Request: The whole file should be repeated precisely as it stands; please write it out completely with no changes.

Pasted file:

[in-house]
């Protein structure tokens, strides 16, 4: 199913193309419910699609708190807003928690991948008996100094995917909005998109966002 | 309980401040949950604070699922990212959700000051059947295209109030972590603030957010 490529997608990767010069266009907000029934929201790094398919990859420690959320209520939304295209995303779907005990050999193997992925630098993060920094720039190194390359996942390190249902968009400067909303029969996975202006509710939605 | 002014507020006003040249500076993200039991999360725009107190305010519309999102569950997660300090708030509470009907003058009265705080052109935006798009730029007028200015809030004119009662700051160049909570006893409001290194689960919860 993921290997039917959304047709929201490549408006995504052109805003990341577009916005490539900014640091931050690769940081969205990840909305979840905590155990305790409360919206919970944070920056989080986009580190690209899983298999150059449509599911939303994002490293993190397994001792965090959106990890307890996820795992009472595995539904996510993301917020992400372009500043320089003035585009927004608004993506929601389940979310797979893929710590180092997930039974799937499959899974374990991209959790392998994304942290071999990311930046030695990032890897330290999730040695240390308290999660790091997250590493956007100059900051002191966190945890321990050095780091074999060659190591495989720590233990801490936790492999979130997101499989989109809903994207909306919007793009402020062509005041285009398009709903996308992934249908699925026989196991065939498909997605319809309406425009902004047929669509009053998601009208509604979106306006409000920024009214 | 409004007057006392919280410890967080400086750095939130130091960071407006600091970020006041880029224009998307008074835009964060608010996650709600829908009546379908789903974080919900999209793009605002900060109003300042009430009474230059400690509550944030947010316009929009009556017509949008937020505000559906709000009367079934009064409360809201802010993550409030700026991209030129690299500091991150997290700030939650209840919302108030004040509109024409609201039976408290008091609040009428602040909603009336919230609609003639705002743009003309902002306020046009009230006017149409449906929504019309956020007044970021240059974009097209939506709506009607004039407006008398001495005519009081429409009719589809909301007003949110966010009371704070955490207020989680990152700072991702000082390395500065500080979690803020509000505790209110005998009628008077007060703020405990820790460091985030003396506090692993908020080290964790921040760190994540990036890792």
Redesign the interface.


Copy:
[in-house]
């Protein structure tokens, strides 16, 4: 199913193309419910699609708190807003928690991948008996100094995917909005998109966002 | 309980401040949950604070699922990212959700000051059947295209109030972590603030957010 490529997608990767010069266009907000029934929201790094398919990859420690959320209520939304295209995303779907005990050999193997992925630098993060920094720039190194390359996942390190249902968009400067909303029969996975202006509710939605 | 002014507020006003040249500076993200039991999360725009107190305010519309999102569950997660300090708030509470009907003058009265705080052109935006798009730029007028200015809030004119009662700051160049909570006893409001290194689960919860 993921290997039917959304047709929201490549408006995504052109805003990341577009916005490539900014640091931050690769940081969205990840909305979840905590155990305790409360919206919970944070920056989080986009580190690209899983298999150059449509599911939303994002490293993190397994001792965090959106990890307890996820795992009472595995539904996510993301917020992400372009500043320089003035585009927004608004993506929601389940979310797979893929710590180092997930039974799937499959899974374990991209959790392998994304942290071999990311930046030695990032890897330290999730040695240390308290999660790091997250590493956007100059900051002191966190945890321990050095780091074999060659190591495989720590233990801490936790492999979130997101499989989109809903994207909306919007793009402020062509005041285009398009709903996308992934249908699925026989196991065939498909997605319809309406425009902004047929669509009053998601009208509604979106306006409000920024009214 | 409004007057006392919280410890967080400086750095939130130091960071407006600091970020006041880029224009998307008074835009964060608010996650709600829908009546379908789903974080919900999209793009605002900060109003300042009430009474230059400690509550944030947010316009929009009556017509949008937020505000559906709000009367079934009064409360809201802010993550409030700026991209030129690299500091991150997290700030939650209840919302108030004040509109024409609201039976408290008091609040009428602040909603009336919230609609003639705002743009003309902002306020046009009230006017149409449906929504019309956020007044970021240059974009097209939506709506009607004039407006008398001495005519009081429409009719589809909301007003949110966010009371704070955490207020989680990152700072991702000082390395500065500080979690803020509000505790209110005998009628008077007060703020405990820790460091985030003396506090692993908020080290964790921040760190994540990036890792």
Redesign the interface.